Characteristics of Gadog Tree (Bischofia javanica) in the Wild

Bischofia javanica
Gadog (Bischofia javanica) is a species of tree from the Phyllanthaceae tribe, whose distribution starts from India, Japan, Indonesia, and Australia. Common names used by people in Indonesia to refer to this tree are Sikam, Singkam, Cingkam, Tingkeuëm, Tingkeum, Kerinjing, Geronjing, Bintungan, Gintungan, Gintung, Gĕntung, Gelintungan, Gadog, Ki maung, Marintĕk, Kayawu, and Simamo.

In Southeast Asia, this tree is called Jitang, Tuai (Malaysia), Toem, Pradu-som (Thailand), ‘Khom’ fat (Laos), and Nhoi (Vietnam). In Assam, India, this tree is called Uriam and is known to be often used by tigers to mark its territory through the claws on its trunk.

In the timber trade, gadog wood is known as Bishop wood or Java cedar.

Gadog trees generally grow in areas that have a clear dry season at an altitude of 0-1,800 m asl. This tree is quite common but is scattered in primary and secondary forests. The gadog tree is often found not far from creeks, in shady valleys, and likes to grow on loose and deep soil, loamy, sandy, or rocky, with sufficient water content or which occasionally stagnates. Occasionally the tree is found growing over limestone areas.

This tree was introduced to East Africa and South Africa as a fast-growing ornamental tree. Also, it was introduced to North America where this tree later turned into a weed.


Gadog trees produce good quality and beautiful wood. However, so far there are no statistical records of this timber trade at the international level, even though gadog is classified as commercial timber in Papua New Guinea.

Gadog wood is quite durable if it is protected from the effects of the weather, and can be used to make furniture. In addition, gadog wood can also be used to make carvings, pencils, veneers, and plywood, as well as pulp and paper.

Gadog wood is classified as medium to hardwood, with medium to heavyweight (density 520-1,010 kg/m³ at 15% moisture content). The terraces are brown-red to brown-purple, clearly distinguished from the sapwood, which is brown-gray or pale brown. The texture of the wood is rather rough and even, with the direction of the fibers being generally blended and sometimes wavy. The surface of the wood is slightly dull to slightly shiny, slightly rough to slightly slippery. In the radial plane, alternating dark and light paths are faintly visible, which are caused by the blending of the fiber directions.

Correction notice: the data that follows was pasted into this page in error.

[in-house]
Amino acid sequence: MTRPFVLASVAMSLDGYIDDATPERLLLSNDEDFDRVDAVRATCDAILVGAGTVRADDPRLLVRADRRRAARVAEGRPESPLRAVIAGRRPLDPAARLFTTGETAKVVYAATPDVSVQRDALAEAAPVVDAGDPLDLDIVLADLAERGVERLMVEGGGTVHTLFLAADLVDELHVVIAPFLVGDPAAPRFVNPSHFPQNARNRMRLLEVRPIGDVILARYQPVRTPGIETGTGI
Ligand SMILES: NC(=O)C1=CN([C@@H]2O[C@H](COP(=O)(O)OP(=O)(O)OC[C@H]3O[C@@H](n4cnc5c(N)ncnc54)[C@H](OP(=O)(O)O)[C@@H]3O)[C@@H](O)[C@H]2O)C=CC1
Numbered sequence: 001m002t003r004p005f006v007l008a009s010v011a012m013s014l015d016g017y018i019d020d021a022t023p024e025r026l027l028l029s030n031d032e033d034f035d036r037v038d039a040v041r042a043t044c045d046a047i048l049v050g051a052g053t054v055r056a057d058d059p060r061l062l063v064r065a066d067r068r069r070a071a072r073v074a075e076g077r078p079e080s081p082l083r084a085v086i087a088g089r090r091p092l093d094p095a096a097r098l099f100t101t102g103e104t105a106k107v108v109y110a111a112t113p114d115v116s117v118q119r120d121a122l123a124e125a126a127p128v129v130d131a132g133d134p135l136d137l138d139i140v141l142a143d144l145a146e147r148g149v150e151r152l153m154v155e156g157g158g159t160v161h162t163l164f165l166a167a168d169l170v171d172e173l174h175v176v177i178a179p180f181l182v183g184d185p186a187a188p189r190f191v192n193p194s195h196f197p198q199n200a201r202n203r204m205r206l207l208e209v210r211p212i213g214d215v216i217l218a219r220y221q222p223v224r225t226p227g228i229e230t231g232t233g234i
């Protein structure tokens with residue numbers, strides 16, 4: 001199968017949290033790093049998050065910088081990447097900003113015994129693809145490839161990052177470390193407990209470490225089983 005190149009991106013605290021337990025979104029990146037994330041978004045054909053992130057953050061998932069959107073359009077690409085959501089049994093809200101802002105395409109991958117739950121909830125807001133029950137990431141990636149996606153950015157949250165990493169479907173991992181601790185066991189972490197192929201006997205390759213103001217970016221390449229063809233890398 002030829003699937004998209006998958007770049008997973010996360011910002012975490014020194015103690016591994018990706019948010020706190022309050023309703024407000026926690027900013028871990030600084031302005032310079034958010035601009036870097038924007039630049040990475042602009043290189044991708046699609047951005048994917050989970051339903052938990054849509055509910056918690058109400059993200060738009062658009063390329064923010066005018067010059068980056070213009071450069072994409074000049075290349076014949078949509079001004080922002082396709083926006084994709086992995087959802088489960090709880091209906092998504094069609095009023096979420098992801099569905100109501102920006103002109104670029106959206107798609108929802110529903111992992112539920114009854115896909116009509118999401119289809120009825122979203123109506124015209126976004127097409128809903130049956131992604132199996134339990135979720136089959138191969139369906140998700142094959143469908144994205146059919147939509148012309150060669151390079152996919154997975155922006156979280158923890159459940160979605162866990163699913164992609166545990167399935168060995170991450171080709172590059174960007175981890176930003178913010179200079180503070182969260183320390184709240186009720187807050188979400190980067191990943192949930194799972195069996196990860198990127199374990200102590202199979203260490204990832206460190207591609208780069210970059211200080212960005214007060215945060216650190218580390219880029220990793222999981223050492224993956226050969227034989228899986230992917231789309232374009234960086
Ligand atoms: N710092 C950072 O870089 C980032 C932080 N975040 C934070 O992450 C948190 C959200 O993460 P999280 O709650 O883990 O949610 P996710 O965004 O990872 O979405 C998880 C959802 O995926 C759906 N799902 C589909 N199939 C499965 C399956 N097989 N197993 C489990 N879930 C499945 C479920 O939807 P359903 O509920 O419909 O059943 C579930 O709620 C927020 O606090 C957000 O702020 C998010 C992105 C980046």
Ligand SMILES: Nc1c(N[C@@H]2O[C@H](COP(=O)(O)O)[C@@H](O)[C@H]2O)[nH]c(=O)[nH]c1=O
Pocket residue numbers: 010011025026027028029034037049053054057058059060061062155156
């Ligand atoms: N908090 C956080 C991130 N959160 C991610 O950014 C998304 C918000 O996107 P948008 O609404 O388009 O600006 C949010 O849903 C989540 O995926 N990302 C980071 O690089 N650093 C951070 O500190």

Gadog wood is classified as strong class I-III (average II), and durable class II-III. Its resistance to termites is classified as class IV, while wood rot fungi are class II-IV.


Gadog wood is very difficult to dry because it is easy to crack, break, and deform, it is not recommended to be processed into thin boards. The shrinkage of gadog wood to air dryness is around 1.8% in the radial direction and 4.1% in the tangential direction, while up to dry kiln the shrinkage reaches 3.9% in the radial direction and 7.5% in the tangential direction. Drying without a gadog kiln with a thickness of 2 cm from a fresh state to a moisture content of 30% takes 64 days.

The heartwood is difficult to preserve, but the sapwood is easy.


Characteristics of Gadog Leaf

Bischofia javanica Leaf

The leaves are arranged in a spiral, pinnate compound with three leaves, glabrous, stems 8-20 cm. Leaves oblong triangular, like paper, 7-22 mm, fall quickly. The leaflets are oblong to oval in shape, 6-16 cm × 3-10 cm, the tip is tapered, the edges are serrated to finely toothed, the leaves are pinnate, the upper side is glossy, the leaflets are long-stemmed ends.


Characteristics of Gadog Flower

Bischofia javanica Flower

Flowers unisexual, regular, numbered-5, small, greenish, without a crown. Male flowers are gathered in panicles 9-20 cm long in the armpits. The female flower panicles are about 15-27 cm long.


Characteristics of Gadog Fruit

Bischofia javanica Fruit

The fruit is round, 1.2-1.5 cm in diameter, bluish-black when ripe, with 1-2 seeds in each space. Seeds are brown, oval, 5 mm long.


Characteristics of Gadog Tree

Bischofia javanica Tree
Source: Forlonge

Gadog is a deciduous tree, medium to very large, up to 40 meters high, the tallest up to 50 meters, and the trunk echoes 1-1.4 meters. Trunk straight or slightly swollen-bent, short branch-free stems, but sometimes it reaches 20 meters, occasionally, some have narrow buttresses up to 3 meters high. Pepagan is cracked and scaly, reddish-brown to purplish on the outside, pink on the inside, fibrous and spongy, secreting a clear, watery, or slightly jelly-like red sap. The title is tightly rounded.


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